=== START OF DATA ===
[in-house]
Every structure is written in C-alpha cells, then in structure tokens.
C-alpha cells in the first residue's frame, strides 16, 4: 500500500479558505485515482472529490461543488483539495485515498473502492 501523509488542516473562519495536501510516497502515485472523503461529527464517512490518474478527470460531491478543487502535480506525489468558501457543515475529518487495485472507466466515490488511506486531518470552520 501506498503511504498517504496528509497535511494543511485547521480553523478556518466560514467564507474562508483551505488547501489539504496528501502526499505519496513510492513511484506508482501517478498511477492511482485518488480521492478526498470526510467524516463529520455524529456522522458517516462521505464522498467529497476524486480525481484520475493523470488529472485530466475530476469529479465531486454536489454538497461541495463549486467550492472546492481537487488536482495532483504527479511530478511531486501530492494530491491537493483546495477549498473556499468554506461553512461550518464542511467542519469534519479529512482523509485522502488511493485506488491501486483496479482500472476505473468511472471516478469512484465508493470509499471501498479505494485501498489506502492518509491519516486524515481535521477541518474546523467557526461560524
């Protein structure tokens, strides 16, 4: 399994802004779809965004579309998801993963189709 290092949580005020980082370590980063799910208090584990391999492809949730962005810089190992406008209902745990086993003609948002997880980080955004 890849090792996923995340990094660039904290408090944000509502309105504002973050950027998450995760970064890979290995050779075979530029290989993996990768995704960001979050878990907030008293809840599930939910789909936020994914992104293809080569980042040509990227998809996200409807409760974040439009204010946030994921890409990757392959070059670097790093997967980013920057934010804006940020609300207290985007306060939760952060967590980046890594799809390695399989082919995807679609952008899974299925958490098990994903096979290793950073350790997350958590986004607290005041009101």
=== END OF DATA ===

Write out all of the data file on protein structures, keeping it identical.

[in-house]
Every structure is written in C-alpha cells, then in structure tokens.
C-alpha cells in the first residue's frame, strides 16, 4: 500500500479558505485515482472529490461543488483539495485515498473502492 501523509488542516473562519495536501510516497502515485472523503461529527464517512490518474478527470460531491478543487502535480506525489468558501457543515475529518487495485472507466466515490488511506486531518470552520 501506498503511504498517504496528509497535511494543511485547521480553523478556518466560514467564507474562508483551505488547501489539504496528501502526499505519496513510492513511484506508482501517478498511477492511482485518488480521492478526498470526510467524516463529520455524529456522522458517516462521505464522498467529497476524486480525481484520475493523470488529472485530466475530476469529479465531486454536489454538497461541495463549486467550492472546492481537487488536482495532483504527479511530478511531486501530492494530491491537493483546495477549498473556499468554506461553512461550518464542511467542519469534519479529512482523509485522502488511493485506488491501486483496479482500472476505473468511472471516478469512484465508493470509499471501498479505494485501498489506502492518509491519516486524515481535521477541518474546523467557526461560524
């Protein structure tokens, strides 16, 4: 399994802004779809965004579309998801993963189709 290092949580005020980082370590980063799910208090584990391999492809949730962005810089190992406008209902745990086993003609948002997880980080955004 890849090792996923995340990094660039904290408090944000509502309105504002973050950027998450995760970064890979290995050779075979530029290989993996990768995704960001979050878990907030008293809840599930939910789909936020994914992104293809080569980042040509990227998809996200409807409760974040439009204010946030994921890409990757392959070059670097790093997967980013920057934010804006940020609300207290985007306060939760952060967590980046890594799809390695399989082919995807679609952008899974299925958490098990994903096979290793950073350790997350958590986004607290005041009101």